The Tyburn

B24/ B35 - Grid reference SP135913

First record 1730

The Tyburn House
The Tyburn House

Dating from c1730, the name was taken from London's Tyburn, a place of execution from Norman times until the late 18th century. The implication is that this too was a place where a gallows stood.


Certainly the Chester Road from here beyond Sutton Park Park had a reputation for highway robbery. Even in the Middle Ages the Earl of Warwick, who was lord of Sutton manor felt obliged to provide a stone cottage, Bow Bearers Lodge, for two retainers to escort travellers across Sutton Chase of which this area was then part. The lodge survived until it was demolished in 1828; Bowcroft Grove is a modern road on the site of a field called Bow Bearers Croft. (See also Gibbett Hill.)

The Tyburn is the junction of Chester Road and Kingsbury Road by the public house of the same name. Originally the Tyburn Road went from Bromford Lane to its junction with Kingsbury Road and no further; thus it was the road to Tyburn and not the road at Tyburn.


The Tyburn 1920. Thanks for the use of this photograph to Moma P, Wendy on the Birmingham History Webring Forum.
The Tyburn 1920. Thanks for the use of this photograph to Moma P, Wendy on the Birmingham History Webring Forum.

The Birmingham & Fazeley Canal passes under the Chester Road next to the Tybun House public house. The canal opened in 1789 from Farmers Bridge Junction on the Birmingham Canal. The latter had been cut twenty years earlier initially to bring coal to Birmingham from the Black Country. Originally known as the Birmingham and Birmingham & Fazeley Canal, it runs to Fazeley Junction near Tamworth on the Coventry Canal with access to London. This became an extremely busy route with daily counts of 150 boats a day being not unusual. A canal toll house survived at Tyburn Bridge until 1955.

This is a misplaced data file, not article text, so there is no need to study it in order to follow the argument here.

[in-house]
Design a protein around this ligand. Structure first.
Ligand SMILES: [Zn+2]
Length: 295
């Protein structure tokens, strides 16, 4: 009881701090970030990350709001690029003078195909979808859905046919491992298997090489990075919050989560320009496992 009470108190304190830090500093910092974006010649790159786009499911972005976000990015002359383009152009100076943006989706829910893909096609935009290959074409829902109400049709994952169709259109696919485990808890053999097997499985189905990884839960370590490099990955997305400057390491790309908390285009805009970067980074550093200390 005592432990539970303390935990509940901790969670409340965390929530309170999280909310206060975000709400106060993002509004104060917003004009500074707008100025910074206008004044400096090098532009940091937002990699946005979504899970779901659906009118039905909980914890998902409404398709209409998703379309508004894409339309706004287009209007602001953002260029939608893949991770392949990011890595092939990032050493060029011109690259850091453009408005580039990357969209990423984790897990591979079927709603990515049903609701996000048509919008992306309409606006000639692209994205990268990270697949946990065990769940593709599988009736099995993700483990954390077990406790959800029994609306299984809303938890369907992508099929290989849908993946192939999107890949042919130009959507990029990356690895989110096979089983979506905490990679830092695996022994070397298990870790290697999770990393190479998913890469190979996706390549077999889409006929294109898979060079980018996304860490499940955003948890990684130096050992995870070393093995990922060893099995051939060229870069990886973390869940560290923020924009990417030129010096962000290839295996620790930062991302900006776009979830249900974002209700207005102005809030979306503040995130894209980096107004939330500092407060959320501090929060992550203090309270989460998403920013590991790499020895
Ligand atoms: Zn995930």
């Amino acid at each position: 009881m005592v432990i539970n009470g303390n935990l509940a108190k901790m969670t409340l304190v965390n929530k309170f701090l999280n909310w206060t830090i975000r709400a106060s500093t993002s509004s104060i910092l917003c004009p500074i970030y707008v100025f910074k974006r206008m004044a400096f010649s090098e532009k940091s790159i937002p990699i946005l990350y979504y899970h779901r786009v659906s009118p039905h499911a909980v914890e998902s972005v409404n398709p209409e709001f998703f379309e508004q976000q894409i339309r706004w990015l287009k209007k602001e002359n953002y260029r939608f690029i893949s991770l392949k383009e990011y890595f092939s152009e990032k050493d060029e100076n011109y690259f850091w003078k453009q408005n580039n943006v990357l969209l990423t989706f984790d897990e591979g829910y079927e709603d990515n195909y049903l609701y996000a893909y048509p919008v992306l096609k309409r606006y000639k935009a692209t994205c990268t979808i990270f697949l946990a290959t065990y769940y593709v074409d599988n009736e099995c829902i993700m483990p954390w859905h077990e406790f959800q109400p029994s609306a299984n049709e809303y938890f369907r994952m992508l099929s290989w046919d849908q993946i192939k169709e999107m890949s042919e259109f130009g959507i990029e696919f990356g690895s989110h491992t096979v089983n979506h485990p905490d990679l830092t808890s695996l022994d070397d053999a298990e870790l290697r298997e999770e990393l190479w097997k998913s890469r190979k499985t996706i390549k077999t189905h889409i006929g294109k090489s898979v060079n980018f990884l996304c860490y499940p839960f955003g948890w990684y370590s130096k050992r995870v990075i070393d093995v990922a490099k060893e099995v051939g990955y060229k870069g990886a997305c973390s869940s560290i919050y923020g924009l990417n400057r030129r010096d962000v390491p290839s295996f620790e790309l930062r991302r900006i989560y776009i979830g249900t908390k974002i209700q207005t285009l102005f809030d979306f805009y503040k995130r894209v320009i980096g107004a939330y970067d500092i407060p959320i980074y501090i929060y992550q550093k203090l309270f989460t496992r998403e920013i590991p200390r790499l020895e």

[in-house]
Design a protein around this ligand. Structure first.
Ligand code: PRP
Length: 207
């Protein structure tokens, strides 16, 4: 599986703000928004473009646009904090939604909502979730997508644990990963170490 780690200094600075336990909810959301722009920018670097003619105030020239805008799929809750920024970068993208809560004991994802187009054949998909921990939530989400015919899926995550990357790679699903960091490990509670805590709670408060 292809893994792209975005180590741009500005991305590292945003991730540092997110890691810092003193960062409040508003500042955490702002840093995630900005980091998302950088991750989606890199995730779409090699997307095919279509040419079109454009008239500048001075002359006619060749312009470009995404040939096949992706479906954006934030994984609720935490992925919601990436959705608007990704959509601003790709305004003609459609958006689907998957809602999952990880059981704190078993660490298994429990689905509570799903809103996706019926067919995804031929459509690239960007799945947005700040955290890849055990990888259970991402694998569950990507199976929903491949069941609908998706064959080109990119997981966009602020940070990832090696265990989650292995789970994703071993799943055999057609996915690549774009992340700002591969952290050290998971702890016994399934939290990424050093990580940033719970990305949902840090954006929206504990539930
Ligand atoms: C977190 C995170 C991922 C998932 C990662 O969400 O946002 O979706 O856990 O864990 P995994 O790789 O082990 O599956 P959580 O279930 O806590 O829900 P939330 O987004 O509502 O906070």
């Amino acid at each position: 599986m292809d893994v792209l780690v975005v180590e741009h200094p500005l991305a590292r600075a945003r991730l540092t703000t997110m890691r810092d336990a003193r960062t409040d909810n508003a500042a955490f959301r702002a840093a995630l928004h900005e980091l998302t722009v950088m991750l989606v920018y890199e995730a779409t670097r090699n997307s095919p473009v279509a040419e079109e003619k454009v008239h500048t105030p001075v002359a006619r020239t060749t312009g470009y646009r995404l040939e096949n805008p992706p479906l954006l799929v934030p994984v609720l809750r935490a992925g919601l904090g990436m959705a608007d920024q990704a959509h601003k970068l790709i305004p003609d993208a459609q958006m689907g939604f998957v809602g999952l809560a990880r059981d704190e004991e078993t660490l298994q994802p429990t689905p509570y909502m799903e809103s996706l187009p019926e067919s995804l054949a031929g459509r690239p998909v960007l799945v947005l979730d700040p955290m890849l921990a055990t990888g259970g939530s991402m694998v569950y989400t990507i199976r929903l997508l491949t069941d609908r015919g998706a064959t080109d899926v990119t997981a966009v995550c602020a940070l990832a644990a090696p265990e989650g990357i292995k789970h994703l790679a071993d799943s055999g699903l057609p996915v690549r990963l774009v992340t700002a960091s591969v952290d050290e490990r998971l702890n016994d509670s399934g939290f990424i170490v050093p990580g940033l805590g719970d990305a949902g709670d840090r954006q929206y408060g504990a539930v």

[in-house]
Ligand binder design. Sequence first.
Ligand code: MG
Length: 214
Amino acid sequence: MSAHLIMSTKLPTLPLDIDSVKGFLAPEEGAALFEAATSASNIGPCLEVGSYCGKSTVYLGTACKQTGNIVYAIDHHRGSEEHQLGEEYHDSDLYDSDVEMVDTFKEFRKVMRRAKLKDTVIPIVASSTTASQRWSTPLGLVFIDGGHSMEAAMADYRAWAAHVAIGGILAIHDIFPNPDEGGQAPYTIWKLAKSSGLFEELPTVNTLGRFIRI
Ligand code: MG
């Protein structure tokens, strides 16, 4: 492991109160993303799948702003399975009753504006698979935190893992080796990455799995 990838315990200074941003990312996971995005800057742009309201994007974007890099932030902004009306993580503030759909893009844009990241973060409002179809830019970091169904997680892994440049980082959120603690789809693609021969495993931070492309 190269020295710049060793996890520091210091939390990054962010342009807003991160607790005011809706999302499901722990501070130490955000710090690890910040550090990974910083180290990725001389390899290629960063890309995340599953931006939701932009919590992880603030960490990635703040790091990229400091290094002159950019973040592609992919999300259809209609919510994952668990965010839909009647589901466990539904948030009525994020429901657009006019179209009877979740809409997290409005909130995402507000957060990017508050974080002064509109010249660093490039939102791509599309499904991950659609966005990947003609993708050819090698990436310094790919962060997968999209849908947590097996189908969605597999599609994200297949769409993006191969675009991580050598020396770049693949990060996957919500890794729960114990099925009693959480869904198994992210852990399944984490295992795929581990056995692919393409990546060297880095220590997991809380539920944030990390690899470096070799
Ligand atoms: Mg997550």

The Tyburn Road was extended in 1920s with the building of Pype Hayes estate to meet the Chester Road ¼ mile north of the Tyburn junction.

Tyburn House was actually the Three Tuns Inn, It was a large plain Georgian building built before 1817, almost certainly to capitalise on the turnpiking of the Chester Road in 1759. The Broughton-Chester-Stonebridge Turnpike was an important route past Birmingham which linked London via Coventry and Stonebridge to the port of Chester.


In 1930 the inn was demolished and the new Tyburn House was rebuilt in stone in a Tudor style by Birmingham architect C E Bateman. It is a low long building with an appearance reminiscent of the Cotswolds, one on its own in Birmingham.


William Dargue 02.03.09/ 30.07.2010


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For 19th-century Ordnance Survey maps of Birmingham go to British History Online.



Map below reproduced from Andrew Rowbottom’s website of Old Ordnance Survey maps Popular Edition, Birmingham 1921. Click the map to link to that website.